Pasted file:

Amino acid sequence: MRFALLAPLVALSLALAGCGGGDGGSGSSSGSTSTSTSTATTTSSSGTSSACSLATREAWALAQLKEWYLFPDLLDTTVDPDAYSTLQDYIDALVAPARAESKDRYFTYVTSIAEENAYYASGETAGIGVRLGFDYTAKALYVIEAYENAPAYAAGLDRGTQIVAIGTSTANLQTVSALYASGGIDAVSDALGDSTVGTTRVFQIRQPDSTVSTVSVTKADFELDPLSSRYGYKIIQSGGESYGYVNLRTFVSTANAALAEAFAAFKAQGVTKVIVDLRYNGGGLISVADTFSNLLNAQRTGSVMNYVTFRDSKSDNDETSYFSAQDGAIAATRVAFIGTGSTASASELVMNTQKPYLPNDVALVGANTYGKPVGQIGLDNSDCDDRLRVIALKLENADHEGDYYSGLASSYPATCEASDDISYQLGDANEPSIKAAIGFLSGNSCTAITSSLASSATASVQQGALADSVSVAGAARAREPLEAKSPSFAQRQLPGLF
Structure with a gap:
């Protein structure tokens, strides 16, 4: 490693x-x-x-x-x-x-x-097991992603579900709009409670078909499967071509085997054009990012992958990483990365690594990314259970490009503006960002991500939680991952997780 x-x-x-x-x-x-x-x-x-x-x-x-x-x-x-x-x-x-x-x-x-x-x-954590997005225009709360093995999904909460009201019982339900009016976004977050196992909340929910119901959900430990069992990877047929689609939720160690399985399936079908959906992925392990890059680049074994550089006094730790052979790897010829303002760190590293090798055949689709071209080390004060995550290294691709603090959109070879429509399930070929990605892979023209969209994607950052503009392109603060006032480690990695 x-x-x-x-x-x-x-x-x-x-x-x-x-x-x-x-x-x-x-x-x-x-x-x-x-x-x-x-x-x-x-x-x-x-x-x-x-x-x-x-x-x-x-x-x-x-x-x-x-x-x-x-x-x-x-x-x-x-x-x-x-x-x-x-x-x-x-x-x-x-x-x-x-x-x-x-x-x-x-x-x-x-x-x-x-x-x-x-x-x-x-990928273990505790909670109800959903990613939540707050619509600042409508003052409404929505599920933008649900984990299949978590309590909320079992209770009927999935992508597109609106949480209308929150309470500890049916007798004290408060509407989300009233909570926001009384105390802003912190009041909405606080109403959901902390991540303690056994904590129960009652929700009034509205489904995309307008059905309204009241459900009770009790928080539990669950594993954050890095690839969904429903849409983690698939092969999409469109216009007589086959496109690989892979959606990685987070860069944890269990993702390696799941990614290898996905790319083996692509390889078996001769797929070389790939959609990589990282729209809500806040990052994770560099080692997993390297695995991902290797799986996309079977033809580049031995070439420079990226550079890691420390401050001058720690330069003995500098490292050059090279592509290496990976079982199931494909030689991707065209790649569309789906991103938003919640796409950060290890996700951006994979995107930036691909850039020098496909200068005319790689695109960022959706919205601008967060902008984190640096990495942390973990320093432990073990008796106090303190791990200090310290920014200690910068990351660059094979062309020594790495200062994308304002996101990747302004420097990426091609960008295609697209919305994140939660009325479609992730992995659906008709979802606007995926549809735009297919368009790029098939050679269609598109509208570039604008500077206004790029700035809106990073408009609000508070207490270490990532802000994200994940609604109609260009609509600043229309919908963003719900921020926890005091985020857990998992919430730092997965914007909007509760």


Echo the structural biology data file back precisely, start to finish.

Amino acid sequence: MRFALLAPLVALSLALAGCGGGDGGSGSSSGSTSTSTSTATTTSSSGTSSACSLATREAWALAQLKEWYLFPDLLDTTVDPDAYSTLQDYIDALVAPARAESKDRYFTYVTSIAEENAYYASGETAGIGVRLGFDYTAKALYVIEAYENAPAYAAGLDRGTQIVAIGTSTANLQTVSALYASGGIDAVSDALGDSTVGTTRVFQIRQPDSTVSTVSVTKADFELDPLSSRYGYKIIQSGGESYGYVNLRTFVSTANAALAEAFAAFKAQGVTKVIVDLRYNGGGLISVADTFSNLLNAQRTGSVMNYVTFRDSKSDNDETSYFSAQDGAIAATRVAFIGTGSTASASELVMNTQKPYLPNDVALVGANTYGKPVGQIGLDNSDCDDRLRVIALKLENADHEGDYYSGLASSYPATCEASDDISYQLGDANEPSIKAAIGFLSGNSCTAITSSLASSATASVQQGALADSVSVAGAARAREPLEAKSPSFAQRQLPGLF
Structure with a gap:
């Protein structure tokens, strides 16, 4: 490693x-x-x-x-x-x-x-097991992603579900709009409670078909499967071509085997054009990012992958990483990365690594990314259970490009503006960002991500939680991952997780 x-x-x-x-x-x-x-x-x-x-x-x-x-x-x-x-x-x-x-x-x-x-x-954590997005225009709360093995999904909460009201019982339900009016976004977050196992909340929910119901959900430990069992990877047929689609939720160690399985399936079908959906992925392990890059680049074994550089006094730790052979790897010829303002760190590293090798055949689709071209080390004060995550290294691709603090959109070879429509399930070929990605892979023209969209994607950052503009392109603060006032480690990695 x-x-x-x-x-x-x-x-x-x-x-x-x-x-x-x-x-x-x-x-x-x-x-x-x-x-x-x-x-x-x-x-x-x-x-x-x-x-x-x-x-x-x-x-x-x-x-x-x-x-x-x-x-x-x-x-x-x-x-x-x-x-x-x-x-x-x-x-x-x-x-x-x-x-x-x-x-x-x-x-x-x-x-x-x-x-x-x-x-x-x-990928273990505790909670109800959903990613939540707050619509600042409508003052409404929505599920933008649900984990299949978590309590909320079992209770009927999935992508597109609106949480209308929150309470500890049916007798004290408060509407989300009233909570926001009384105390802003912190009041909405606080109403959901902390991540303690056994904590129960009652929700009034509205489904995309307008059905309204009241459900009770009790928080539990669950594993954050890095690839969904429903849409983690698939092969999409469109216009007589086959496109690989892979959606990685987070860069944890269990993702390696799941990614290898996905790319083996692509390889078996001769797929070389790939959609990589990282729209809500806040990052994770560099080692997993390297695995991902290797799986996309079977033809580049031995070439420079990226550079890691420390401050001058720690330069003995500098490292050059090279592509290496990976079982199931494909030689991707065209790649569309789906991103938003919640796409950060290890996700951006994979995107930036691909850039020098496909200068005319790689695109960022959706919205601008967060902008984190640096990495942390973990320093432990073990008796106090303190791990200090310290920014200690910068990351660059094979062309020594790495200062994308304002996101990747302004420097990426091609960008295609697209919305994140939660009325479609992730992995659906008709979802606007995926549809735009297919368009790029098939050679269609598109509208570039604008500077206004790029700035809106990073408009609000508070207490270490990532802000994200994940609604109609260009609509600043229309919908963003719900921020926890005091985020857990998992919430730092997965914007909007509760």